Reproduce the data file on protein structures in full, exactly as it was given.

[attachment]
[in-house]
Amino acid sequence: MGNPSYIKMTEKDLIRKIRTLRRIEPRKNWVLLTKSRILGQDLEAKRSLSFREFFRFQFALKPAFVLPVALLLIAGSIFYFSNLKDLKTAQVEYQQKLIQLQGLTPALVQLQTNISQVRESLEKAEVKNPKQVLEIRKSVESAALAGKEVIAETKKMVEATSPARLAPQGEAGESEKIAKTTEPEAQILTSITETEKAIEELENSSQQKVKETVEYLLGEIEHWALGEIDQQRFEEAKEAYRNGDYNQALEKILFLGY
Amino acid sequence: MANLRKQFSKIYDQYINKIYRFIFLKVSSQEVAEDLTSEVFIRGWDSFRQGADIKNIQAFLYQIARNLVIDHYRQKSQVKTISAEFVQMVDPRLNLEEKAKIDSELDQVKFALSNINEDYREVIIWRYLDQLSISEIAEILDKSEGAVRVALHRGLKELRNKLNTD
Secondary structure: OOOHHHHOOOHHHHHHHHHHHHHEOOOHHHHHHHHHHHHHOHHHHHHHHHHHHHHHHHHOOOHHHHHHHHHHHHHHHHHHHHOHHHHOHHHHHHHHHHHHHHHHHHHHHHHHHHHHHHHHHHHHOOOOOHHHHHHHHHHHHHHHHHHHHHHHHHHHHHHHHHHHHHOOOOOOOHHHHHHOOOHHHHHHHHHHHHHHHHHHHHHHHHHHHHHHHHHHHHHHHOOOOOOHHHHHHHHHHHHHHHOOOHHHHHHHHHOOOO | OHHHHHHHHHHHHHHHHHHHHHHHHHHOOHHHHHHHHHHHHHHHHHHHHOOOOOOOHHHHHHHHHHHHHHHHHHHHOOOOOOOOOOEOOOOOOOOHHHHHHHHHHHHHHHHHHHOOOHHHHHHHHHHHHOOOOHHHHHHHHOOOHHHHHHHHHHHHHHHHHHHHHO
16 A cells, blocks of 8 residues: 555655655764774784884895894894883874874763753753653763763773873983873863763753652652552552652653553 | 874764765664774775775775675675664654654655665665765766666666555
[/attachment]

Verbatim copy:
[in-house]
Amino acid sequence: MGNPSYIKMTEKDLIRKIRTLRRIEPRKNWVLLTKSRILGQDLEAKRSLSFREFFRFQFALKPAFVLPVALLLIAGSIFYFSNLKDLKTAQVEYQQKLIQLQGLTPALVQLQTNISQVRESLEKAEVKNPKQVLEIRKSVESAALAGKEVIAETKKMVEATSPARLAPQGEAGESEKIAKTTEPEAQILTSITETEKAIEELENSSQQKVKETVEYLLGEIEHWALGEIDQQRFEEAKEAYRNGDYNQALEKILFLGY
Amino acid sequence: MANLRKQFSKIYDQYINKIYRFIFLKVSSQEVAEDLTSEVFIRGWDSFRQGADIKNIQAFLYQIARNLVIDHYRQKSQVKTISAEFVQMVDPRLNLEEKAKIDSELDQVKFALSNINEDYREVIIWRYLDQLSISEIAEILDKSEGAVRVALHRGLKELRNKLNTD
Secondary structure: OOOHHHHOOOHHHHHHHHHHHHHEOOOHHHHHHHHHHHHHOHHHHHHHHHHHHHHHHHHOOOHHHHHHHHHHHHHHHHHHHHOHHHHOHHHHHHHHHHHHHHHHHHHHHHHHHHHHHHHHHHHHOOOOOHHHHHHHHHHHHHHHHHHHHHHHHHHHHHHHHHHHHHOOOOOOOHHHHHHOOOHHHHHHHHHHHHHHHHHHHHHHHHHHHHHHHHHHHHHHHOOOOOOHHHHHHHHHHHHHHHOOOHHHHHHHHHOOOO | OHHHHHHHHHHHHHHHHHHHHHHHHHHOOHHHHHHHHHHHHHHHHHHHHOOOOOOOHHHHHHHHHHHHHHHHHHHHOOOOOOOOOOEOOOOOOOOHHHHHHHHHHHHHHHHHHHOOOHHHHHHHHHHHHOOOOHHHHHHHHOOOHHHHHHHHHHHHHHHHHHHHHO
16 A cells, blocks of 8 residues: 555655655764774784884895894894883874874763753753653763763773873983873863763753652652552552652653553 | 874764765664774775775775675675664654654655665665765766666666555